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Transportation Secretary: State Examining Mass Transit Pilot Programs In Southeastern Wisconsin

State Agencies Explore Transporting People From Milwaukee To Racine, Kenosha Area

Dave Ross
Danielle Kaeding/WPR

Wisconsin Transportation Secretary Dave Ross said the state is looking at increasing grants to develop pilot programs for mass transit in southeastern Wisconsin. Ross made the comments Tuesday, Feb. 20, before northern Wisconsin leaders in Madison during the annual grassroots lobbying event Superior Days.

Ross said he and Department of Workforce Development Secretary Ray Allen have been tasked by Gov. Scott Walker to develop a plan to transport workers in Milwaukee to the Racine and Kenosha area.

“Our goal in coming up with that plan is so we can roll that very same plan throughout the rest of the state,” said Ross. “What we need to do is make some really wise investments to move people to training and to work.”

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Ross said they’re partnering with nonprofit groups that can transport people across county lines as they develop a plan in that transit corridor.

“A lot of times we had a challenge where the affected area is so small where they can’t move folks from one county to the next,” he said.

A Wisconsin DOT spokeswoman did not comment on whether the pilot programs would be targeted to meet workforce needs for Taiwanese manufacturer Foxconn. The state is offering a $3 billion incentive package for the company’s plans to build a liquid crystal display plant in the Village of Mount Pleasant not far from Racine and Kenosha.

“There are multiple tiers of dialogue occurring to address this issue regarding transportation and it underscores the importance of this issue to ensure that we are meeting the region’s workforce need,” said state DOT Public Affairs Director Becky Kikkert in an email. “Plans will be announced at a future time, after details are finalized.”

The mention of transit pilot programs for southeastern Wisconsin came in response to a request from northern Wisconsin leaders for expanded transportation options.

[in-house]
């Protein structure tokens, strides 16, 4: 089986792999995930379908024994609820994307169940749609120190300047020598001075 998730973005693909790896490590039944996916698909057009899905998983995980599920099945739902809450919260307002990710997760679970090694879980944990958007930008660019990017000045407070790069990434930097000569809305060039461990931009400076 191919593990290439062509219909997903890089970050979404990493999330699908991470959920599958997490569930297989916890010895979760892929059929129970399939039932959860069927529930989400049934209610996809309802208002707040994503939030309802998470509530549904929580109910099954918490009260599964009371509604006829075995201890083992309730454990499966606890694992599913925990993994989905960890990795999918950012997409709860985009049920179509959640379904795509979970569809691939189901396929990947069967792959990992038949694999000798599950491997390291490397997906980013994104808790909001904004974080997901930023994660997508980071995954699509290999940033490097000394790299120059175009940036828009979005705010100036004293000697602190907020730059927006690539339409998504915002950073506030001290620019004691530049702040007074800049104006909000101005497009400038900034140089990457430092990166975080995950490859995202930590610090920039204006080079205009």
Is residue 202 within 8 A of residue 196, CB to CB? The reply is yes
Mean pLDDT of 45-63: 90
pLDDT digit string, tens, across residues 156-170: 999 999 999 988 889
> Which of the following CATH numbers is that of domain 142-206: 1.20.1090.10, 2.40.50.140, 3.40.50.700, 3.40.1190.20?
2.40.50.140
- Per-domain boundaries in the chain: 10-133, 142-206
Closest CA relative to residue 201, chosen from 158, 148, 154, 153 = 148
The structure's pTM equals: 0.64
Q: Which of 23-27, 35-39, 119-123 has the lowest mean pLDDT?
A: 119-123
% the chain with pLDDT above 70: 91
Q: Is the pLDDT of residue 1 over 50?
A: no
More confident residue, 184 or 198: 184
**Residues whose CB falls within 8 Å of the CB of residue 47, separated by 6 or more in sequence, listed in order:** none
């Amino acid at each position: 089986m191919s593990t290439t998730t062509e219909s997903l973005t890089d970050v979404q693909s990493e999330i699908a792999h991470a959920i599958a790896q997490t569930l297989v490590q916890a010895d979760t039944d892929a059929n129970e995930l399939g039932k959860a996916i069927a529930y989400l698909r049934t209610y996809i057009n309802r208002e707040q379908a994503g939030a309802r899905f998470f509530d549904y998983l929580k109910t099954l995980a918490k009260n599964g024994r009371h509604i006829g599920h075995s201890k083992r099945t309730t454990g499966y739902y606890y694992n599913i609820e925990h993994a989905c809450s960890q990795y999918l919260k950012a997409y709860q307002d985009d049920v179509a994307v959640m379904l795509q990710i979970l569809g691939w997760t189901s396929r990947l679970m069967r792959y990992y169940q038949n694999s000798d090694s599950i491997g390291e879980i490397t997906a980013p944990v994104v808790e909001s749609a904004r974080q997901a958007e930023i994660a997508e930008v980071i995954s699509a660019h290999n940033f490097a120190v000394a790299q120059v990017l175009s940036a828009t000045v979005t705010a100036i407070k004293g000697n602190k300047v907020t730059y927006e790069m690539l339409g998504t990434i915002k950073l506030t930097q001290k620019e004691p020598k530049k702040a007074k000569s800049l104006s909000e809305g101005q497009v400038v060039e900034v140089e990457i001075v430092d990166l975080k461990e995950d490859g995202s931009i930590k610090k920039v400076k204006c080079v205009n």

Superior Mayor Jim Paine and city officials want the DOT to fund a pilot program to pay for expanded bus routes between Superior and Duluth. Ross formerly served as Superior’s mayor prior to being tapped by Walker for secretary of the Department of Safety and Professional Services in 2011.

Bus in Duluth, Minnesota. David Wilson (CC BY)

Paine said some of the city’s manufacturers have lost workers from Duluth who struggled to get to and from work by bus. He said northern Wisconsin could use funding for transit to address workforce needs.

“To try a couple more direct, express routes between Superior and Duluth to tap into that workforce because we know they’re there,” he said. “We know that they would be over applying for jobs … We just can’t get them there.”

Superior generated around 9 percent of revenues needed to sustain bussing in the city, according to a 2014 report from the DOT. The remaining 91 percent came from local, state and federal sources. Bus service cost more than $1.4 million with 159,516 trips in 2014. Ross said Superior currently has the lowest fare box collection in the state among transit providers.

“It was challenging for me as mayor,” he said. “That number was embarrassing to come down and talk about mass transit. They used to say to me, ‘You get your numbers to 30 or 35 percent.’ That’s a challenge.”

Superior’s mayor said the city should examine redesigning routes to improve ridership.

“Unfortunately, a lot of our studies of ridership are studying people that are on the bus now not the people who could be potentially riding the bus,” Paine said. “We need to be better at finding out who could benefit from public transportation in their neighborhood.”

Ross said Wisconsin spends around $225 million each year on transit aid.

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